Chillies and Pot Culture
Have you ever considered growing chillies in pots? These versatile and productive plants lend themselves beautifully to pot culture and are showy taboot. Chillies come in a range of sizes, varieties, colours and flavours; and can be eaten fresh, baked, dried, ground or stuffed with goodies.
Chillies are a warm season perennial, grown as an annual in cooler climates such as ours. They prefer a sunny position protected from severe winds and hot afternoon sun.
For pot culture, you can make your own potting mix or purchase premium standard potting mix with around 1/4 compost or processed manure added to the mix. I have found 1/3 coco peat, 1/3 quality compost, 1/3 coarse river sand, and Dolomite as directed, works well. The size of the pot depends on the eventual size of the plant – most will prosper in a 300mm to 400mm pot.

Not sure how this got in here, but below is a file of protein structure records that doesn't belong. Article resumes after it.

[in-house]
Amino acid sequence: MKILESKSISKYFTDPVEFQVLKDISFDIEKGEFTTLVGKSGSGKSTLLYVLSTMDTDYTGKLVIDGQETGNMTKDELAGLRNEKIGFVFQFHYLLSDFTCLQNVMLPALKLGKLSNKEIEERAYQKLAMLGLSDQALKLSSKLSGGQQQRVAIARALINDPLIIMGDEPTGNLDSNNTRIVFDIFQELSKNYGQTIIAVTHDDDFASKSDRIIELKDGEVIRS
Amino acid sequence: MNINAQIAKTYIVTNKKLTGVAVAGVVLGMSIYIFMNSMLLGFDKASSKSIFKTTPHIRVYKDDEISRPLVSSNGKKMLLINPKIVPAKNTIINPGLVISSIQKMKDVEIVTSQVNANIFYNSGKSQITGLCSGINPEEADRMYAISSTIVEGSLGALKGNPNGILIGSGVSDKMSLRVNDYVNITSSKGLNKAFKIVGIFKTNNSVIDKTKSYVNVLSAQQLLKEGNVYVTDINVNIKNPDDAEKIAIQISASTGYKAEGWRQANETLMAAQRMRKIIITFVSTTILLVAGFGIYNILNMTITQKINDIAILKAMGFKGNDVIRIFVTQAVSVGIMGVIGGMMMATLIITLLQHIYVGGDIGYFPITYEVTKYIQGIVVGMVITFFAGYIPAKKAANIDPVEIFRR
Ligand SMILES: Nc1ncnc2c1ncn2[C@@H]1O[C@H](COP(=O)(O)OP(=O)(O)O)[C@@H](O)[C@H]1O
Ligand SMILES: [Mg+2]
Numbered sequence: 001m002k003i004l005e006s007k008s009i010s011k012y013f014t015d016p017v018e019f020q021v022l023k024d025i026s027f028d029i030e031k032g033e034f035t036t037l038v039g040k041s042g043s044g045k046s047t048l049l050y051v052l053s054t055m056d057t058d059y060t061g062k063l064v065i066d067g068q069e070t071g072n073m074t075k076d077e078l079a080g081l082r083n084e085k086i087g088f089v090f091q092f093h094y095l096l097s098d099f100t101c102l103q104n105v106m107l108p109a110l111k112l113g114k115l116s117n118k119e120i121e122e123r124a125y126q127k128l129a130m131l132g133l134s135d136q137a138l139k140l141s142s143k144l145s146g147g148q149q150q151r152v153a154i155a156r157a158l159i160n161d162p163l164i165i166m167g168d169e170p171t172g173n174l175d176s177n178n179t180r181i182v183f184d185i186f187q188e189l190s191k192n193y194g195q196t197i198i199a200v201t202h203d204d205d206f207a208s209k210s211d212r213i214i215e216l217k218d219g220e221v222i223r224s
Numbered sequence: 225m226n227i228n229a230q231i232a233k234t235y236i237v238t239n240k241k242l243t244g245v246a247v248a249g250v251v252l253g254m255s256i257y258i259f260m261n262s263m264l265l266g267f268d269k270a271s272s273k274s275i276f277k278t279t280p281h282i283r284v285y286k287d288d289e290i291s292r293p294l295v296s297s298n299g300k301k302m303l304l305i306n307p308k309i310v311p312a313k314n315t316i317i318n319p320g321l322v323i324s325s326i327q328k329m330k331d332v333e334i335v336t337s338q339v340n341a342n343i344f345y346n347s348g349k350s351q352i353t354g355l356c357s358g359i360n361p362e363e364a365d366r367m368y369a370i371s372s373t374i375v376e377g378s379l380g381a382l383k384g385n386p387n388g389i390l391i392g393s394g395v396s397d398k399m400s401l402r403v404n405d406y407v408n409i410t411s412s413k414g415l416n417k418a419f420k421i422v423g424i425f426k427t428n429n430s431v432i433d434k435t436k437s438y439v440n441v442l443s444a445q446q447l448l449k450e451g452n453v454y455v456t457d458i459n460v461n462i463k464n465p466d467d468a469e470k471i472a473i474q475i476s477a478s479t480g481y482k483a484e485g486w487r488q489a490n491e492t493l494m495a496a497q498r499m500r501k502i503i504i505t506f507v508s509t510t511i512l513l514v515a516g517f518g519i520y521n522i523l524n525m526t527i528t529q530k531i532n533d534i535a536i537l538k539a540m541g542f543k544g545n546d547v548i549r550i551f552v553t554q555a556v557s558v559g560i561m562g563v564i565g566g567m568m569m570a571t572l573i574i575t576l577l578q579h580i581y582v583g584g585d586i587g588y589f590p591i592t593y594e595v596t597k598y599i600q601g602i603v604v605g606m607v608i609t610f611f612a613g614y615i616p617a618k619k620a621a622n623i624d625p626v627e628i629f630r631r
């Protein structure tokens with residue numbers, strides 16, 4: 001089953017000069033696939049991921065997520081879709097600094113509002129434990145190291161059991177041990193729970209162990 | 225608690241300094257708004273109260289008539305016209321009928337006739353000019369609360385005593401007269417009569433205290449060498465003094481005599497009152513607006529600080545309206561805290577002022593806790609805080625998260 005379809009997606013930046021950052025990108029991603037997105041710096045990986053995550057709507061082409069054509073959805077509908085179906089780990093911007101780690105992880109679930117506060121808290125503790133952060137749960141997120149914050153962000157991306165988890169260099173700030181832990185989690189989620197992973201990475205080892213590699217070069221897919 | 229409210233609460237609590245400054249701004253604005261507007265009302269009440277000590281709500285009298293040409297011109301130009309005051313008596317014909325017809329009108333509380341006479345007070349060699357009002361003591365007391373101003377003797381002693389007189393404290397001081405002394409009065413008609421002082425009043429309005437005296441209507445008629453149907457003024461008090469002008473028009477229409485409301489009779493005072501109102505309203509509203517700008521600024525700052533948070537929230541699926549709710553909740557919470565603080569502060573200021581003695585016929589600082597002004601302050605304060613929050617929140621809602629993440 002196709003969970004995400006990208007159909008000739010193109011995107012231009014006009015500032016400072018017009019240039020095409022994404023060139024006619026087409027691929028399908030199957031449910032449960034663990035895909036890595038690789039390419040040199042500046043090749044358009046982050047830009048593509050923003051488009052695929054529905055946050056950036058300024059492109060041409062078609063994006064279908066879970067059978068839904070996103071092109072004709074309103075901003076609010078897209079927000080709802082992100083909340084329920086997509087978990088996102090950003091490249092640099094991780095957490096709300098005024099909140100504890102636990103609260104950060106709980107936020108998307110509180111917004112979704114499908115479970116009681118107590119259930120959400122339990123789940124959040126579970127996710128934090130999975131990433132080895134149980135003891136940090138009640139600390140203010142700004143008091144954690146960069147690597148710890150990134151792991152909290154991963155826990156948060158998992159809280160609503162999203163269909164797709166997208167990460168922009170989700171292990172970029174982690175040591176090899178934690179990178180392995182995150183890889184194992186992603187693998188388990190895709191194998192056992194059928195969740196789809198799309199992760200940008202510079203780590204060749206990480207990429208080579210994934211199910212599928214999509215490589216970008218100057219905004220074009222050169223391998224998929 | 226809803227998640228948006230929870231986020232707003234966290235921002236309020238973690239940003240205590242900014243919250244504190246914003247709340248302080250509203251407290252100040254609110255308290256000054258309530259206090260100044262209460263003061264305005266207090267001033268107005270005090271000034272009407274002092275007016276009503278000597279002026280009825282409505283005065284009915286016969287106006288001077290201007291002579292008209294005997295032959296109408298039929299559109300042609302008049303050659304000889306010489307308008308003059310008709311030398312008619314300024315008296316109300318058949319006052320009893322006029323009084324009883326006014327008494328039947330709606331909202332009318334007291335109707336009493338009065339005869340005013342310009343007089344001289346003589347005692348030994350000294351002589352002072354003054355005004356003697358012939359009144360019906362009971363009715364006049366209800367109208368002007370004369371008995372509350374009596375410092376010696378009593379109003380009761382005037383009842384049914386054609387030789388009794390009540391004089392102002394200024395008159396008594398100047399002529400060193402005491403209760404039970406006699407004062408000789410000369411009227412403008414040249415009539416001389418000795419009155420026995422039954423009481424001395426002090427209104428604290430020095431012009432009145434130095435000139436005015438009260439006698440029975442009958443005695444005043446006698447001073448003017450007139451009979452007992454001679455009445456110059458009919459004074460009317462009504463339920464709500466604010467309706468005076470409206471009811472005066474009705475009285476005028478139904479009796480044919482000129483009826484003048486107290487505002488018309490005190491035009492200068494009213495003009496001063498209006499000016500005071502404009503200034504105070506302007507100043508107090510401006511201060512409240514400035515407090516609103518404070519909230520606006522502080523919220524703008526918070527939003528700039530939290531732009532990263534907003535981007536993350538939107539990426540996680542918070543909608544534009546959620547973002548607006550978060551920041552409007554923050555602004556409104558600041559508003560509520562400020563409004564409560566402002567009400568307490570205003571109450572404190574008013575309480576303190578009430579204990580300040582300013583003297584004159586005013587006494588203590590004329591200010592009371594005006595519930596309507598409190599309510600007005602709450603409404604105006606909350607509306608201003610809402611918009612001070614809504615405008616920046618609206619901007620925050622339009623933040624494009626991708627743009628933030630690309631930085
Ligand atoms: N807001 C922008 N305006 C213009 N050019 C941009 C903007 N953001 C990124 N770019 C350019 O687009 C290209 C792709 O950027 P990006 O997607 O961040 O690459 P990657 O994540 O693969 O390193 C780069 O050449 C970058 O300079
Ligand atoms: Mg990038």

Keep your plants well-watered and apply organic liquid fertiliser such as worm and comfrey tea once flowering commences. Staking plants with two bamboo canes tied at the top is effective and low cost.
When propagating chillies from seed, 25 degrees is the ideal soil temperature for successful germination. And if you plan on saving seed for future use, plants require spacing by a minimum of 250 metres to prevent cross-contamination via insects (chillies are technically self-pollinating), or alternatively, cage the plant with shadecloth or bag a branch with breathable material, until the fruit has developed.
There is still time to grow advanced Chilli seedlings in pots, which conveniently can be brought inside at night to extend the season when the cold weather arrives.